I've got an early 19th century (pre 1834, the year an inside label states a few repairs were done) classical guitar in for restoration.
The top and back binding was/is ivory. Most of the original top binding is there, a three inch strip has been replace with a whitish wood and all but a small piece of the back binding has been replaced with the same wood.
I have a small piece of real ivory from an old knife handle that will match the top with a little faking. Any ideas for the back binding that would closly match the ivory look? I'd like to stay away from the plastic stuff. A couple suggestions I've come across are Hazelnut or Lime. I've not really seen nor worked with either and so don't have a ready supply on hand :(
Hi Scot , I guess you're aware of Ivory on piano keys , you could get short lengths from an old piano guy.Also ebony might be good for the black bits? Len
Len is spot on with finding some old ivory from a piano guy, but if that does not work out and you MUST use an alternative and plastic is not an option, consider Boxwood or Holly...a bone colored scrap of Corian from a cabinet shop could also be fashioned into what you need...the Corian idea is a shot in the dark, I have never worked with it except experimenting making saddles and nuts...never bending it.
Thanks guys, those are good suggestions.
My problem with the old piano keys (of which I have a bunch) is that they are short thin pieces so I'd have to cut and glue a lot of little pieces to get a strip (I'm just being lazy, I think). The original ivory binding is one piece the length of the side. It must have come from a strip of a tusk.
I have a slab of bone colored Corian that I tried for saddles (a little too soft I thought) but never thought to try bending it. Have to give it a shot.
The Holly or Boxwood might be the ticket but I'd like to try some lime or Hazelnut if I can find some. That old style "Ivoriod" might work as well. It looks fake to me and I got put off by the "Hazmat" rating of the stuff with the added cost for shipping from the supplier.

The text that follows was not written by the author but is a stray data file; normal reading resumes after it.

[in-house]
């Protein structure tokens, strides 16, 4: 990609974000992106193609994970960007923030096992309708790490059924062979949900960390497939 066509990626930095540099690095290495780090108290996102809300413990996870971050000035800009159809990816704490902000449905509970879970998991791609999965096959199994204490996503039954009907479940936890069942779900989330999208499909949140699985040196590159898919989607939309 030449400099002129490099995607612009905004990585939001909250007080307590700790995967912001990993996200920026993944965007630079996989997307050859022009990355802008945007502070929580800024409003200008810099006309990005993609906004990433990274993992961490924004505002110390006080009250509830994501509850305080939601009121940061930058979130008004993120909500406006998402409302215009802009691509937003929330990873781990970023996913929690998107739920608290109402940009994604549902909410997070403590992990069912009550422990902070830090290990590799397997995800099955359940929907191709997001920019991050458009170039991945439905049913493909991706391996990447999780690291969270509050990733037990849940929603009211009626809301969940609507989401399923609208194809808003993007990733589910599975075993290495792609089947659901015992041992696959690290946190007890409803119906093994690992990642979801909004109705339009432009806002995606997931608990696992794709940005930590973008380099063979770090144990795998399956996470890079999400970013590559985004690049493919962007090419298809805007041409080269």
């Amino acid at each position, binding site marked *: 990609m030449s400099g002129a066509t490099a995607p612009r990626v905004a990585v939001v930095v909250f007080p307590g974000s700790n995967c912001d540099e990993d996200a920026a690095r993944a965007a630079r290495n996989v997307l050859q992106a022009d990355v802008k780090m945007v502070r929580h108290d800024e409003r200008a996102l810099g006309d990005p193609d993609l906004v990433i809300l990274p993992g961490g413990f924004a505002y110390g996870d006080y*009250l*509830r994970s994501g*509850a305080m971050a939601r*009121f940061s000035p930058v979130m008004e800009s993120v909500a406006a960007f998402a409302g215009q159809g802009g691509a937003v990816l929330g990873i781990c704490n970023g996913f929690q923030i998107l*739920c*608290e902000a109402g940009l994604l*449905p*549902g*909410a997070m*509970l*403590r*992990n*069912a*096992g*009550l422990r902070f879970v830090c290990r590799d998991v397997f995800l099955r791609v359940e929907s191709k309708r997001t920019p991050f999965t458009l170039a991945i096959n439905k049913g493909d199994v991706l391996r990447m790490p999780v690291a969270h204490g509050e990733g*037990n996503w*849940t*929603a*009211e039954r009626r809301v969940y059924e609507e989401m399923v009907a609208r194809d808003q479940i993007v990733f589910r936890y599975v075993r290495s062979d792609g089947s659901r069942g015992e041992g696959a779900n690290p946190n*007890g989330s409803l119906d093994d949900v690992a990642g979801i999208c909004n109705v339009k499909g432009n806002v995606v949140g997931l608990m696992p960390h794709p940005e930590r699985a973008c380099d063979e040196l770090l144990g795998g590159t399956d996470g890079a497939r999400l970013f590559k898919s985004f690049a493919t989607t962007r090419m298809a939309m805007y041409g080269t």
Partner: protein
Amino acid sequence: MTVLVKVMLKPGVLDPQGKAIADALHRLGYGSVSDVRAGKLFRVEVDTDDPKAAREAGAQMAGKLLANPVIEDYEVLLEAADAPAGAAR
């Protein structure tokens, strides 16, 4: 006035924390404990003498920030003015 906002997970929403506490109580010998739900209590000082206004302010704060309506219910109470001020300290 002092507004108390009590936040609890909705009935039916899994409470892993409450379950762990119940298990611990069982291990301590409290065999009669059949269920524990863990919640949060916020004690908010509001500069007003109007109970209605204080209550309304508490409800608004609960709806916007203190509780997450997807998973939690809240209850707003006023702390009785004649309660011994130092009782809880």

Fussy guy eh? Every negative.
I would love to hear if the corian works....
There's always the tagua ("ta-wha") nut often referred to as "vegetable ivory" which comes from a semi-tropical palm tree. The material once hardened/seasoned is almost visually indistinguishable from ivory although when fresh is edible as it is a complex sugar (also called "corozo" - six species in the . Phytephas genus). The "problem" with it is that each nut is only about the size of a very large apricot so it takes lots of individual pieces for binding - also, being a sugar, if you cut it too fast on a band saw without lubrication (water) it will burn brown giving off a caramel smell - the burnt area enters the material from the cut for 1/32- 1/16" so it's hard to restore the color by material removal. But if it's it's cut slowly and carefully it works well and once given a few months to harden is easily as hard as ivory. I've used it for nuts and saddles but with sufficient patience it could be binding material (and the scraps are handy to make ivory looking jewelry and inlay).
I don't have a current source as my purchase of several pounds around 15 years ago still hasn't been totally used up but a web search should find it easily. It's a high quality, inexpensive, renewable resource.
It's easy to get real ivory binding - two bucks an inch:
THANK YOU Frank! That's what I was looking for. I just assumed because of the ban no legal stuff could be had.
Thanks for that info Frank, just ordered enough ivory to bind the back and neck of an 1850's
2-34. David Warther is great guy to work with, should be the ideal repair for this old guitar.